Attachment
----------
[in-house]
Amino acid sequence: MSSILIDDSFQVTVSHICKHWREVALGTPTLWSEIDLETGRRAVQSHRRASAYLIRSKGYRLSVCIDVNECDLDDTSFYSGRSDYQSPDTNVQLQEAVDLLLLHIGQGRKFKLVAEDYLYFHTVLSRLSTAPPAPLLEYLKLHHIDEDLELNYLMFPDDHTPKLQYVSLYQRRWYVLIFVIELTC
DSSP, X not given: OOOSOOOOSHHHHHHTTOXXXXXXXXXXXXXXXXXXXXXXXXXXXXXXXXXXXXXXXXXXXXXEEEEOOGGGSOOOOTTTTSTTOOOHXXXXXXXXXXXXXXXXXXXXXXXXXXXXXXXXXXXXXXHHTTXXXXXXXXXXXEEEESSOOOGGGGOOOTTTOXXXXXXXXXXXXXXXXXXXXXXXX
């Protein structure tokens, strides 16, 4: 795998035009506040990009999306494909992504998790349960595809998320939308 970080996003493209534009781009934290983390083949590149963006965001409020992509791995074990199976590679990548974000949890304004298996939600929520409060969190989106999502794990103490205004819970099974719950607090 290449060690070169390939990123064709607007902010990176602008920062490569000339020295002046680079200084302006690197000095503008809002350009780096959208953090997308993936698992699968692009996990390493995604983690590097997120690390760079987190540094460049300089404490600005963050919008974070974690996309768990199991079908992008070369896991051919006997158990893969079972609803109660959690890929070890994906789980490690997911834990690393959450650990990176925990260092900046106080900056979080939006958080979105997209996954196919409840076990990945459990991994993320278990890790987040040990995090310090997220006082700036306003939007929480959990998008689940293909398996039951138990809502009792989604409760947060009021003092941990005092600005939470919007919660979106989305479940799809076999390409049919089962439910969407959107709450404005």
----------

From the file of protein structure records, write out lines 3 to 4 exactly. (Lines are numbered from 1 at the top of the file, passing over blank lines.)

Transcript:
DSSP, X not given: OOOSOOOOSHHHHHHTTOXXXXXXXXXXXXXXXXXXXXXXXXXXXXXXXXXXXXXXXXXXXXXEEEEOOGGGSOOOOTTTTSTTOOOHXXXXXXXXXXXXXXXXXXXXXXXXXXXXXXXXXXXXXXHHTTXXXXXXXXXXXEEEESSOOOGGGGOOOTTTOXXXXXXXXXXXXXXXXXXXXXXXX
């Protein structure tokens, strides 16, 4: 795998035009506040990009999306494909992504998790349960595809998320939308 970080996003493209534009781009934290983390083949590149963006965001409020992509791995074990199976590679990548974000949890304004298996939600929520409060969190989106999502794990103490205004819970099974719950607090 290449060690070169390939990123064709607007902010990176602008920062490569000339020295002046680079200084302006690197000095503008809002350009780096959208953090997308993936698992699968692009996990390493995604983690590097997120690390760079987190540094460049300089404490600005963050919008974070974690996309768990199991079908992008070369896991051919006997158990893969079972609803109660959690890929070890994906789980490690997911834990690393959450650990990176925990260092900046106080900056979080939006958080979105997209996954196919409840076990990945459990991994993320278990890790987040040990995090310090997220006082700036306003939007929480959990998008689940293909398996039951138990809502009792989604409760947060009021003092941990005092600005939470919007919660979106989305479940799809076999390409049919089962439910969407959107709450404005």